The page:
Summary: An Overview of Hebrews Chapter Four
¬¬¬¬The Christians’ Rest
Hebrews Chapter Four
1. In chapter three the writer of Hebrews made the argument that Christ is better than Moses.
a. He has showed why Christ faith is superior to that in which Moses had.
b. The author established that Christ position is superior to Moses.
c. He pushed the house of God onto a greater faith.
i. He encouraged then to remember their confession of Christ
ii. He warned them to beware of unbelief.
2. In chapter four the writer continues in this vein.
a. He will show that the reward of the Christian is greater than the reward of the ancient Israelites.
b. He will show the power of Christ word.
c. He will show why Christ priesthood is better.
I. The Prize v. 1-11
a. Heavenly rest v. 1-5.
One Sunday, a minister preached a sermon about heaven. Next morning, as he was going to town, he met one of his wealthy members. This man stopped the preacher and said, "Pastor, you preached a good sermon on heaven, but you didn’t tell me where heaven is." "Ah," said the preacher, "I am glad of the opportunity this morning. I have just returned from the hilltop up there. In that cottage there is a member of our church. She is a widow with two little children. She is sick in one bed and her two children are sick in the other bed. She doesn’t have anything in the house-no coal, no bread, no meat, and no milk. If you buy a few groceries and go there yourself and say, ’My sister, I have brought these provisions in the name of the Lord Jesus,’ ask for a Bible, read the Twenty-third Psalm, and then go down on your knees and pray-if you don’t see heaven before you get through, I’ll pay the bill." The next morning the man said, "Pastor, I saw heaven and spent fifteen minutes there. There’s no bill for you to pay."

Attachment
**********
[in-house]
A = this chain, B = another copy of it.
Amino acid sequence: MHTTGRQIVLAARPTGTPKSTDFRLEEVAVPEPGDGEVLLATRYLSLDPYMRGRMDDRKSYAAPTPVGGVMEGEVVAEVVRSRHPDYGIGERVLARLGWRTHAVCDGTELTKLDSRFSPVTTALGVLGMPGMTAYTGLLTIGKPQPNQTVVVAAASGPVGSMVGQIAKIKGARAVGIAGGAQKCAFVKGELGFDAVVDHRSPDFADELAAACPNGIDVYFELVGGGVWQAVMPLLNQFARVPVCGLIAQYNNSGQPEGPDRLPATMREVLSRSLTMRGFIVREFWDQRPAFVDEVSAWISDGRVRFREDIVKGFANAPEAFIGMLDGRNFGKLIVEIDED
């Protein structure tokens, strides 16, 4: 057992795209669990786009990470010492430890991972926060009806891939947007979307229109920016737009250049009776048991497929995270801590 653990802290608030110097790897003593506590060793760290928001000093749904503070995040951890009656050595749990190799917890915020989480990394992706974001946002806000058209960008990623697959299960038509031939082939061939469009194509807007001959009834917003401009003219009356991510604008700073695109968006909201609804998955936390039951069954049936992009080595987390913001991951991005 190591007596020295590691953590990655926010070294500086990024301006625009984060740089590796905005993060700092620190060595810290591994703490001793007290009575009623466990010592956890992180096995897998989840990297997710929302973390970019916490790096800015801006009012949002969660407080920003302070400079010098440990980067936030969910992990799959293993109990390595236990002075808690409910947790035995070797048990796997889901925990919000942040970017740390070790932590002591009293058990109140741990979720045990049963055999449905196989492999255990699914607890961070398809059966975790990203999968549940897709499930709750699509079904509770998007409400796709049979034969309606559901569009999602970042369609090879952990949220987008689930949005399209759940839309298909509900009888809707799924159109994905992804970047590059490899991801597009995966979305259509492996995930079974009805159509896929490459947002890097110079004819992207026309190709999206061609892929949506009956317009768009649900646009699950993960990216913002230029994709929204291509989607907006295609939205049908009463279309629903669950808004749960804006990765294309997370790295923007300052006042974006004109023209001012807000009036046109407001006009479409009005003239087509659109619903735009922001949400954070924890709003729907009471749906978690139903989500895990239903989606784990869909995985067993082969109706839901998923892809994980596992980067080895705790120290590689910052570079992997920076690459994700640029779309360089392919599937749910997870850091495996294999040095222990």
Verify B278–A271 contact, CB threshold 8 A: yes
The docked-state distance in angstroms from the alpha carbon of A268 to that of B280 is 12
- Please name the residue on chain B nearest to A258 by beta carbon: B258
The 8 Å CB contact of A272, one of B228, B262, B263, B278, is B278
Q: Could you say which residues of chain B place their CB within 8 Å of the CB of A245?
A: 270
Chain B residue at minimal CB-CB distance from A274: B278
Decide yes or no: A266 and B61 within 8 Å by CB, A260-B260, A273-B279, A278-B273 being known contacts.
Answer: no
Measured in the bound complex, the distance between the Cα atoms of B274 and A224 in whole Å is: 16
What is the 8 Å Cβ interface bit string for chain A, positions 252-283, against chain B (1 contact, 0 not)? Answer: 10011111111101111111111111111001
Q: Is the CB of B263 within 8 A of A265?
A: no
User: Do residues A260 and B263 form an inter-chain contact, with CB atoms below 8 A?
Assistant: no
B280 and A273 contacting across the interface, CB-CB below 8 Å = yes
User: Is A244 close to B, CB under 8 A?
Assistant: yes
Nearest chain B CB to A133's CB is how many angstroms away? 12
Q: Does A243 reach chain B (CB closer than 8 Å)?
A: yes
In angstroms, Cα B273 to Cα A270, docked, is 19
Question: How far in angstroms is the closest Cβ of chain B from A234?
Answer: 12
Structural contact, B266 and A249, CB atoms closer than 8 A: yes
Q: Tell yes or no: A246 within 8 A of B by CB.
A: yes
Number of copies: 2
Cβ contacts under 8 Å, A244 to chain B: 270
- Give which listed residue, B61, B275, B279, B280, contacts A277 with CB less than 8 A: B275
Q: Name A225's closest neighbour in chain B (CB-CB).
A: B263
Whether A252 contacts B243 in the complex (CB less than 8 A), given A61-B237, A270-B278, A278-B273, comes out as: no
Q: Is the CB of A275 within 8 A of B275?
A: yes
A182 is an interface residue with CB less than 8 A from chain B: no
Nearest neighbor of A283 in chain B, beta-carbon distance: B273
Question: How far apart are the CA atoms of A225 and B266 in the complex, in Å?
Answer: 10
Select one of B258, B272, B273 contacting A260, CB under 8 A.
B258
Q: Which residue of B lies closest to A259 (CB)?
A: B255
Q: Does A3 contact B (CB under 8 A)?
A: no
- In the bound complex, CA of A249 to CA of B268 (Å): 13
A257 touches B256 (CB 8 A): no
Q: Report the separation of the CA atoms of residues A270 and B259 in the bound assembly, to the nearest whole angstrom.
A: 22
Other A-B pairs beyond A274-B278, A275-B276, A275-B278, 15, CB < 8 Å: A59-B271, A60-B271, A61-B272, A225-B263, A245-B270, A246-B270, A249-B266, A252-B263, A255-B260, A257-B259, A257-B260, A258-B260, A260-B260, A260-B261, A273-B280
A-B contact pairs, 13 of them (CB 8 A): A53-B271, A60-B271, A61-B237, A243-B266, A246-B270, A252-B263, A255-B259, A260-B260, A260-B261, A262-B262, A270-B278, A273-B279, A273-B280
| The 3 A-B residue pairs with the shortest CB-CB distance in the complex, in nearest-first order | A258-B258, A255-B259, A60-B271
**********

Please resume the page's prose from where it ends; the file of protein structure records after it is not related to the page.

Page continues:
i. They are told to fear.
1. “let us therefore fear”
a. A proper fear of God is one of awe and reverence.
(28) Wherefore we receiving a kingdom which cannot be moved, let us have grace, whereby we may serve God acceptably with reverence and godly fear:
(29) For our God is a consuming fire.
b. The Christian doesn’t need to fear anyone but God.
(6) So that we may boldly say, The Lord is my helper, and I will not fear what man shall do unto me.
c. Paul is reminding these Hebrew Christians of the consequences of apostasy.
2. The “promise being left us of entering into his rest”
a. Paul mentions the word “rest,” which he takes from Psalms 95:11
(11) Unto whom I swore in my wrath that they should not enter into my rest.
b. The word “rest” in the Greek κατάπαυσις (katapausis) means abode.
c. When God promised rest to the ancient Israelites he meant more than just a land promise.
3. “seem to come short of it”
i. The word “seem” δοκέω (dokeo) can also mean think or judge, which gives the reader a since of impending punishment for coming “short of the rest.”
ii. They are told to listen.
1. “for unto us was the gospel preached as well as unto them”
a. “Us” includes Paul and his readers.
b. “Them” refers to the ancient Israelites who came out of Egypt.
c. “the gospel preached” was the message of a coming rest.
2. “did not profit them”
a. Both Paul’s readers and the ancient Israelites have the same message.
b. Both groups are expected to respond to the message.
c. The Israelites did not act upon the promise and therefore it “did not profit them.”
3. “not being mixed with faith”
a. God’s people were expected to act on what they heard.
(17) So then faith cometh by hearing, and hearing by the word of God.
(10) For we are his workmanship, created in Christ Jesus unto good works, which God hath before ordained that we should walk in them.
b. This is the first time Paul uses the word “faith” in the book of Hebrews.
c. This word will be used over thirty times before the letter is finished.
iii. They are told to believe.
1. “For we which have believed do enter into rest.”
a. This is a claim that believers will enter into rest.
b. These believers had not obtained the rest yet, but could obtain it through a process of continual belief.
c. It was something that the believers could come short of (v. 1)
d. They were to make every effort they could to accomplish the reward of rest (v. 11)
Dag Hammarskjold once wrote: "When the morning’s freshness has been replaced by the weariness of midday, when the leg muscles quiver under the strain, the climb seems endless, and suddenly nothing will go quite as you wish-it is then that you must not hesitate." He was unwilling to give up; he refused to quit!